The idea that the sole aim of punishment is to prevent crime is obviously grounded upon the theory that crime can be prevented, which is almost as dubious as the notion that poverty can be prevented.
If it's near dinner-time, the foreman takes out his watch when the jury has retired, and says: "Dear me, gentlemen, ten minutes to five, I declare! I dine at five, gentlemen." "So do I," says everybody else, except two men who ought to have dined at three and seem more than half disposed to stand out in consequence. The foreman smiles, and puts up his watch:--"Well, gentlemen, what do we say, plaintiff or defendant, gentlemen?
Governments have tried to stop crime through punishment throughout the ages, but crime continued in the past punishment remains. Crime can only be stopped through a preventive approach in the schools. You teach the students Transcendental Meditation, and right away they’ll begin using their full brain physiology sensible and they will not get sidetracked into wrong things.
One of the problems that the marijuana reform movement consistently faces is that everyone wants to talk about what marijuana does, but no one ever wants to look at what marijuana prohibition does. Marijuana never kicks down your door in the middle of the night. Marijuana never locks up sick and dying people, does not suppress medical research, does not peek in bedroom windows. Even if one takes every reefer madness allegation of the prohibitionists at face value, marijuana prohibition has done far more harm to far more people than marijuana ever could.
It is true you cannot eat freedom and you cannot power machinery with democracy. But then neither can political prisoners turn on the light in the cells of a dictatorship.
On a planet that increasingly resembles one huge Maximum Security prison, the only intelligent choice is to plan a jail break.
Justice is that virtue of the soul which is distributive according to desert.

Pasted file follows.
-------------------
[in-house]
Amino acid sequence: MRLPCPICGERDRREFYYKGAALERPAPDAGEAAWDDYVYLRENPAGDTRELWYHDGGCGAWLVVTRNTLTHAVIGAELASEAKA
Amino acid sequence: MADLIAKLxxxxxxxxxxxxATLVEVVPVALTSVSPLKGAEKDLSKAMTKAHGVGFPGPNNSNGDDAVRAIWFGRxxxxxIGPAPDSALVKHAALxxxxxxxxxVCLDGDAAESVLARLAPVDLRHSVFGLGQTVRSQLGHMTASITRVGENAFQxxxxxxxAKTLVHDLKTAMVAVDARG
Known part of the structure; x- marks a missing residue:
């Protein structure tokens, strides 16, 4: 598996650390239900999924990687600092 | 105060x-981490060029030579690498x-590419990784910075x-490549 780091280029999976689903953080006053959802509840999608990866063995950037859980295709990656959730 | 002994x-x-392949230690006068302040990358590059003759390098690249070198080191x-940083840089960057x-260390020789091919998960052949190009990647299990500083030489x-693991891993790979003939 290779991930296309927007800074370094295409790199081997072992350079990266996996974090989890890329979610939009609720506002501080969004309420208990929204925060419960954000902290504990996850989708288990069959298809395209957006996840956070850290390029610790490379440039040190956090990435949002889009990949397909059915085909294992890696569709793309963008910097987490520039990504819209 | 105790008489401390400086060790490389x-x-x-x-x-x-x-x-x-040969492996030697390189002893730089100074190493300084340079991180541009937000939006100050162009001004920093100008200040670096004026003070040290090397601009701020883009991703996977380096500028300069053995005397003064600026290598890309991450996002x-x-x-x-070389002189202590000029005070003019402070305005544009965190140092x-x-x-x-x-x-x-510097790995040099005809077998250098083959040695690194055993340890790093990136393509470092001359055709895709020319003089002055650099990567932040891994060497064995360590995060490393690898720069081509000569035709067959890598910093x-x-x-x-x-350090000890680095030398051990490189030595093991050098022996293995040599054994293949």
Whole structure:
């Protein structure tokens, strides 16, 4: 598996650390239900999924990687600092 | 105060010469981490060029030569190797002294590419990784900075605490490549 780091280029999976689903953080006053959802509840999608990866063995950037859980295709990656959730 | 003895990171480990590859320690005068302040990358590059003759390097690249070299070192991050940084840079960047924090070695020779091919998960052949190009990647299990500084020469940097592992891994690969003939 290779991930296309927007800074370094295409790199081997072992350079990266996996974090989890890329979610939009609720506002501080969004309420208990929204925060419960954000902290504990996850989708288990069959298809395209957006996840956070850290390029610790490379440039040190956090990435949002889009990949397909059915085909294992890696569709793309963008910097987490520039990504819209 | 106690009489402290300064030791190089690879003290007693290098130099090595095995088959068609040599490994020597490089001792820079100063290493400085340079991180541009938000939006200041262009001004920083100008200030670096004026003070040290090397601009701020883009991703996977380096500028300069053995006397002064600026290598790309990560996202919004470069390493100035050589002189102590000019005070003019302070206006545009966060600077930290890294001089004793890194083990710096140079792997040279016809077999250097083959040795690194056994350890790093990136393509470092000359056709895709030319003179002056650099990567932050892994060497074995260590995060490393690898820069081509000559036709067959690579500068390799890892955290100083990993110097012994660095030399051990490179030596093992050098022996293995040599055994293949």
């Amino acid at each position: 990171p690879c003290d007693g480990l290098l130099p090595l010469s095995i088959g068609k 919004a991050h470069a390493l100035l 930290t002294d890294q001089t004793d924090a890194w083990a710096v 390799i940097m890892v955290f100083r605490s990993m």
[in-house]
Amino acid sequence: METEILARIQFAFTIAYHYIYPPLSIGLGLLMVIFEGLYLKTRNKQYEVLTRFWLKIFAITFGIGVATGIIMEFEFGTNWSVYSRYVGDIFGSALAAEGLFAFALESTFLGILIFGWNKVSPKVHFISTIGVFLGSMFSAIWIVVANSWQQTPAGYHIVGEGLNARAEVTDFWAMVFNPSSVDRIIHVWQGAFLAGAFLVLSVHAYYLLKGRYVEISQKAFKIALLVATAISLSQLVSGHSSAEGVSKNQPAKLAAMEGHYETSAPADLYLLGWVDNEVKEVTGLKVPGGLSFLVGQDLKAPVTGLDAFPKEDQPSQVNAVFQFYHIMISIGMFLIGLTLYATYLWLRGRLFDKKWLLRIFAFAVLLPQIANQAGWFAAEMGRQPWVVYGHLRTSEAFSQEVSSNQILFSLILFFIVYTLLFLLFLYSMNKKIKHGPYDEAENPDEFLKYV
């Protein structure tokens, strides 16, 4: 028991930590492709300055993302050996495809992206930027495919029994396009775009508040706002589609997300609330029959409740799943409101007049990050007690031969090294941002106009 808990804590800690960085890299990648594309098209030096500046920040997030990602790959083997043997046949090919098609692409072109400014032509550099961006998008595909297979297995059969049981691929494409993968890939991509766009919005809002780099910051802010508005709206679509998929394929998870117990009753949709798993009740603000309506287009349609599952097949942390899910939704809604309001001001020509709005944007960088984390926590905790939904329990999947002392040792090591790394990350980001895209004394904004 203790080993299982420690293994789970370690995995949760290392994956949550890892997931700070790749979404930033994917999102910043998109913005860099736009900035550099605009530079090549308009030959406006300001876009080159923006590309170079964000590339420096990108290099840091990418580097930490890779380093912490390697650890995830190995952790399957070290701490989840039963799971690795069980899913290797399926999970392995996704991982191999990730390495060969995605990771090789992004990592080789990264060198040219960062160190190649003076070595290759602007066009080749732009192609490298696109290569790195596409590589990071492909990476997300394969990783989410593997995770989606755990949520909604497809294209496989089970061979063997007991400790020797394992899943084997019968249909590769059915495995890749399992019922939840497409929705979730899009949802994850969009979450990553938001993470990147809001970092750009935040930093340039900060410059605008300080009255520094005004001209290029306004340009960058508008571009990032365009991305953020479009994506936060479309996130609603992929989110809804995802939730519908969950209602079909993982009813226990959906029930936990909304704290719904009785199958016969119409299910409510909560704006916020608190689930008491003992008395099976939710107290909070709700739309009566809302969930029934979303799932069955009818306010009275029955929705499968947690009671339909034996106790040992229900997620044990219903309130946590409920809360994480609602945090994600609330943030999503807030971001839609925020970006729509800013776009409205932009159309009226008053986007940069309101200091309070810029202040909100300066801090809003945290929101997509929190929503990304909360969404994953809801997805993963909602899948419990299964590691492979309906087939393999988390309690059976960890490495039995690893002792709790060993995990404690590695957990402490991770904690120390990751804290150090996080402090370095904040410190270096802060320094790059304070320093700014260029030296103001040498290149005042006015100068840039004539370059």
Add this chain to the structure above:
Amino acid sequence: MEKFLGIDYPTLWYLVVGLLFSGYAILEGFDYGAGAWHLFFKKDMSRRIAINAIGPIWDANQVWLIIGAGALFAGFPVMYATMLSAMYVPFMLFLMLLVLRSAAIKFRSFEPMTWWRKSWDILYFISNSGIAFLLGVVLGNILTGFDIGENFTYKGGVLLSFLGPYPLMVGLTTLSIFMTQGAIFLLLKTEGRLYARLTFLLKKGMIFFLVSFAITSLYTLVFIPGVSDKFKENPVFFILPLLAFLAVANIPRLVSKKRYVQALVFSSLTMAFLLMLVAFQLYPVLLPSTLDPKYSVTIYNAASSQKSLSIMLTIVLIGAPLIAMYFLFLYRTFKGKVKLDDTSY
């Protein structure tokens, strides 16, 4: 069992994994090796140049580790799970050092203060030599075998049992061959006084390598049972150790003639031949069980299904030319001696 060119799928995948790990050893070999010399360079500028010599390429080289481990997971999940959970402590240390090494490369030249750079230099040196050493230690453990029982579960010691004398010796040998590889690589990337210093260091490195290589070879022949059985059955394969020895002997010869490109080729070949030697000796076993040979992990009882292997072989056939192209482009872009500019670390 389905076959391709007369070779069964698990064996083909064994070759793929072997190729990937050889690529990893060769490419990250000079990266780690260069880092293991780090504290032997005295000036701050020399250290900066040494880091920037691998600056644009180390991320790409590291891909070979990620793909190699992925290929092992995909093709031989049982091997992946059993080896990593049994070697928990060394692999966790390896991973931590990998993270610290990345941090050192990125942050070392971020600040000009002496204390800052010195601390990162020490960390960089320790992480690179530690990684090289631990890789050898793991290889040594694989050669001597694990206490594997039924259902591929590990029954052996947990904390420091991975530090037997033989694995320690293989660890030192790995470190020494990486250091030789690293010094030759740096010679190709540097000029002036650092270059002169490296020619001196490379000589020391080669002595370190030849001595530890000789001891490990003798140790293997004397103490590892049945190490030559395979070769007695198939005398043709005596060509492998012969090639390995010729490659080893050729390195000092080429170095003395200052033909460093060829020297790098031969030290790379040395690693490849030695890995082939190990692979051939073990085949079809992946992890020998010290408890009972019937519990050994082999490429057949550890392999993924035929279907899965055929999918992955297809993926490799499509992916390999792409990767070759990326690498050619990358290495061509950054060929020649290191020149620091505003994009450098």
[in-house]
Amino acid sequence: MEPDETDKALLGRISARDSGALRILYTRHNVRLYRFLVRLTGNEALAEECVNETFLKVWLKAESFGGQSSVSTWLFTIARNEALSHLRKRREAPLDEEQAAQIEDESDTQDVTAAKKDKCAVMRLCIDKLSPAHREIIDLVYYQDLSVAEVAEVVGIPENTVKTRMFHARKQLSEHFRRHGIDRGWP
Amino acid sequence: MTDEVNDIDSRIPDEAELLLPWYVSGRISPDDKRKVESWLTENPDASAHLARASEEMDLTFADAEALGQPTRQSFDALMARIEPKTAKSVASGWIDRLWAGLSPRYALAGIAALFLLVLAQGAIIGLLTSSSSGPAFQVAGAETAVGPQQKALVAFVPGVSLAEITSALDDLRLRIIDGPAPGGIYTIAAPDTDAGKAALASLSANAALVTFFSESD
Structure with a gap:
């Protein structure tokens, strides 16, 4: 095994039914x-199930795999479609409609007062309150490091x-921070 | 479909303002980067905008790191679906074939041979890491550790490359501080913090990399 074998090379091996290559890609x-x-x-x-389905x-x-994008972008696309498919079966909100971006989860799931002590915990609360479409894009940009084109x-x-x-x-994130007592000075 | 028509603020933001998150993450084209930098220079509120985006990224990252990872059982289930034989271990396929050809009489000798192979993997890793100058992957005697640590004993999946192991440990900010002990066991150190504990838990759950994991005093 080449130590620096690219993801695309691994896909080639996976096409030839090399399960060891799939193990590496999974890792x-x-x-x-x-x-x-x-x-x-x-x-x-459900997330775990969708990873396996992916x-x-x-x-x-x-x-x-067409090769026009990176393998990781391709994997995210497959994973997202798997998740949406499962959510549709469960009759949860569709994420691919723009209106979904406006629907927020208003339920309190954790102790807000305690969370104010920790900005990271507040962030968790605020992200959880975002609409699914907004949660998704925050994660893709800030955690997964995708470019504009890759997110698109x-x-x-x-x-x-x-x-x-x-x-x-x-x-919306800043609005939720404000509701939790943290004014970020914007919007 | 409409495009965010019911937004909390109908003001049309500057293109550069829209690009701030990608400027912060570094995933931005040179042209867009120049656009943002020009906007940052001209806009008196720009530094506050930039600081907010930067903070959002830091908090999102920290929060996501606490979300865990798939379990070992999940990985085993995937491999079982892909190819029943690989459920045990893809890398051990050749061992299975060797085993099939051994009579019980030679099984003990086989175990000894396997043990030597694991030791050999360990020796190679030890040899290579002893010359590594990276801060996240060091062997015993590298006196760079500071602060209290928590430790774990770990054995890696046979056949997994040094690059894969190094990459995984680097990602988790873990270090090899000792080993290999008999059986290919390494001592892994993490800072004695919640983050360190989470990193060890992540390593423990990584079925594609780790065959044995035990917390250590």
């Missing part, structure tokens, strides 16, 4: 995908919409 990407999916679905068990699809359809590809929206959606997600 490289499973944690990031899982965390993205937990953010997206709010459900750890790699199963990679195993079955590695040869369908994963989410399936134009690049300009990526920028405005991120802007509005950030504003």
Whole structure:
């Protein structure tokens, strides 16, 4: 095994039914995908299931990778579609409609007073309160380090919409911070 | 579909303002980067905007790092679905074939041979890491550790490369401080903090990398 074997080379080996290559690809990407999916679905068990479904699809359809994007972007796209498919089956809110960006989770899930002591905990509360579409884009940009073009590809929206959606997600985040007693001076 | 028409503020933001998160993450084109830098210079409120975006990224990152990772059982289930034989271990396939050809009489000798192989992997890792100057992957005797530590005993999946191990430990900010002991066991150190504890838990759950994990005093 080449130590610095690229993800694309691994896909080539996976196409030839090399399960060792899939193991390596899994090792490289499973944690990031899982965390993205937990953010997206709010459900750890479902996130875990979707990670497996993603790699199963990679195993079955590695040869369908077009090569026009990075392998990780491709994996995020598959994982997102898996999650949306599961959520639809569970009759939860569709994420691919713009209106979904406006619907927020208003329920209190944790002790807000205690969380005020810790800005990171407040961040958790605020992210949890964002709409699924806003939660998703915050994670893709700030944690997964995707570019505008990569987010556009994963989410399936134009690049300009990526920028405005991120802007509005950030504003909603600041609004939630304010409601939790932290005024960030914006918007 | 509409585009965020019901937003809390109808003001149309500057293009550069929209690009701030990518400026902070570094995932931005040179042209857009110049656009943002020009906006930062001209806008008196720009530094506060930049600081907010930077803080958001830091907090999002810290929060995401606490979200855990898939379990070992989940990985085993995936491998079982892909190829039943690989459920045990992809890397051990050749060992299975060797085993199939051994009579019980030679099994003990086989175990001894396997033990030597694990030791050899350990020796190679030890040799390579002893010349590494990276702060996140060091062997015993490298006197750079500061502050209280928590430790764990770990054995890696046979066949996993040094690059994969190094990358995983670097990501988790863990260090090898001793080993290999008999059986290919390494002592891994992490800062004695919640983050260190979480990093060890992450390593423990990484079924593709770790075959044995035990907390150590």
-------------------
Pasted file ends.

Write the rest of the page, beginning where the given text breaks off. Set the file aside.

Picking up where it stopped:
Before we can diminish our sufferings from the ill-controlled aggressive assaults of fellow citizens, we must renounce the philosophy of punishment, the obsolete, vengeful penal attitude. In its place we would seek a comprehensive, constructive social attitude - therapeutic in some instances, restraining in some instances, but preventive in its total social impact. In the last analysis this becomes a question of personal morals and values. No matter how glorified or how piously disguised, vengeance as a human motive must be personally repudiated by each and every one of us.
Oh who is that young sinner with the handcuffs on his wrist? And what has he been after that they groan and shake their fists? And wherefore is he wearing such a conscience-stricken air? Oh they're taking him to prison for the colour of his hair.
On average, drug prisoners spend more time in federal prison than rapists, who often get out on early release because of the overcrowding in prison caused by the Drug War.
A just chastisement may benefit a man, though it seldom does; but an unjust one changes all his blood to gall.
Wicked deeds are generally done, even with impunity, for the mere desire of occupation.
Every instance of a man's suffering the penalty of the law is an instance of the failure of that penalty in effecting its purpose, which is to deter.
If you want total security, go to prison. There you’re fed, clothed, given medical care and so on. The only thing lacking…is freedom.
It isn't true that convicts live like animals: animals have more room to move around.
It is more dangerous that even a guilty person should be punished without the forms of law than that he should escape.
Since 1957, black people have experienced double-digit unemployment - in good times and bad times. Look at the population of African Americans in prison. They represent more than half the population of prisoners in the country, 55 percent of those on death row.
I am certain that nothing has done so much to destroy the juridical safeguards of individual freedom as the striving after this mirage of social justice.
Definition, rationality, and structure are ways of seeing, but they become prisons when they blank out other ways of seeing.